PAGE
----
Whatever you felt about the 2016 presidential election, you probably remember where you were when it happened. Graphic novelist Nate Powell had just finished his National Book Award-winning trilogy March, which he wrote with Andrew Aydin and Congressman John Lewis. It’s an autobiographical account of the Civil Rights Movement, and, you know, I feel like the main message we get about the Civil Rights Movement is about the arc of the moral universe. That it’s long, but it bends toward justice. Nate was feeling that too. He was telling his daughter that the first woman was about to be elected president. And then the votes started coming in.
He writes about – and draws – that moment in his newest book, Save It For Later: Promises, Parenthood, and the Urgency of Protest. It’s a collection of graphic essays about living at a time when for many people it feels less obvious that the universe is bending toward justice.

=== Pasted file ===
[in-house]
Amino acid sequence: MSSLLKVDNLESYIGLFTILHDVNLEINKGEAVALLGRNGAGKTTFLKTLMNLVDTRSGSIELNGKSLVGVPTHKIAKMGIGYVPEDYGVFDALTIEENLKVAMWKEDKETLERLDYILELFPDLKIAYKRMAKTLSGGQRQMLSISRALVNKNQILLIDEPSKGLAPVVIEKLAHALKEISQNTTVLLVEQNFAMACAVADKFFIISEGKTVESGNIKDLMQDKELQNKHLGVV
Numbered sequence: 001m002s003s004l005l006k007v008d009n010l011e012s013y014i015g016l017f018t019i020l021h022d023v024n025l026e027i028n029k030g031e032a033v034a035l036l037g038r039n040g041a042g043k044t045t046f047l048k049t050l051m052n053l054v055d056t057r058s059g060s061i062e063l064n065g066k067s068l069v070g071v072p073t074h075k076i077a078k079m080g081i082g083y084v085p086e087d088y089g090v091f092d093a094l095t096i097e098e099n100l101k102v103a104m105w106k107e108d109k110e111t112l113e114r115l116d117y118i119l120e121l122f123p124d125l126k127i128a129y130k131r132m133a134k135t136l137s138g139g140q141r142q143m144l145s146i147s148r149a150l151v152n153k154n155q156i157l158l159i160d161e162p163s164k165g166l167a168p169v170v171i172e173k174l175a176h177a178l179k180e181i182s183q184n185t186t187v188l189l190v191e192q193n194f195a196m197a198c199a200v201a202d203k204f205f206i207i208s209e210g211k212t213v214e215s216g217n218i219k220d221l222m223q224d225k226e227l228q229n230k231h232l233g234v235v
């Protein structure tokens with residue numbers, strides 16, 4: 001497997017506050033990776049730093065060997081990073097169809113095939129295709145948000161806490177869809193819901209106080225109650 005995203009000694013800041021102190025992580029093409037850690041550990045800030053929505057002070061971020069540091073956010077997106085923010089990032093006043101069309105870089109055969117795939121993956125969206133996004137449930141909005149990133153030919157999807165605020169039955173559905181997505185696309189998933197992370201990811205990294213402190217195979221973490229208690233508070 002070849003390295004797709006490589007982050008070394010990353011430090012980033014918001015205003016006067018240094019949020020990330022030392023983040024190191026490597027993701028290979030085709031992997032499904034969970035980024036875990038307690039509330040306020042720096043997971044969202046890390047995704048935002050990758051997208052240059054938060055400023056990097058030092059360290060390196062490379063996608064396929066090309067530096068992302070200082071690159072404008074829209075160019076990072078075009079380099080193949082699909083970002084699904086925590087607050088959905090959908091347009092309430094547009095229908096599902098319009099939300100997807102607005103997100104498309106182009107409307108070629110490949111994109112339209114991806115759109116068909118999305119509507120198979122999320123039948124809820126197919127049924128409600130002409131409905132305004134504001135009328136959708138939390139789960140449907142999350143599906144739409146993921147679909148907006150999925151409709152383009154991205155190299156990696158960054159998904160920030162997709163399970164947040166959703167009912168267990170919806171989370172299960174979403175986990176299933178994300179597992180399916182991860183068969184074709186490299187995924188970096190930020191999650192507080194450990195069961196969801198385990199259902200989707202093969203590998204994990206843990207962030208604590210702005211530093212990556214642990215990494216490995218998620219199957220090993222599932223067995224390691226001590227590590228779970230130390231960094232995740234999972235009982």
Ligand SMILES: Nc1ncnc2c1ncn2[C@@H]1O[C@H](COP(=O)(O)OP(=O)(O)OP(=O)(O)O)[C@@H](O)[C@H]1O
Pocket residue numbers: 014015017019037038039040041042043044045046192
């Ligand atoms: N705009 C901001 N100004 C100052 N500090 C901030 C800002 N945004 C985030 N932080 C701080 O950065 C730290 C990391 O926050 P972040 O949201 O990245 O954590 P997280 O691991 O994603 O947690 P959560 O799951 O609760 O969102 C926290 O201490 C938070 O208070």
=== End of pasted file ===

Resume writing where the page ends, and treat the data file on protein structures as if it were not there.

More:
This week on a special fund drive edition of Inner States, Earth Eats host Kayte Young – who is also a graphic memoirist herself – talks with Nate Powell about censorship, military aesthetics in consumer goods, writing about his life almost as it’s happening, and how to talk to your kids about complex moral and political issues.
Our theme song is by Amy Oelsner and Justin Vollmar. We have additional music from the artists at Universal Production Music.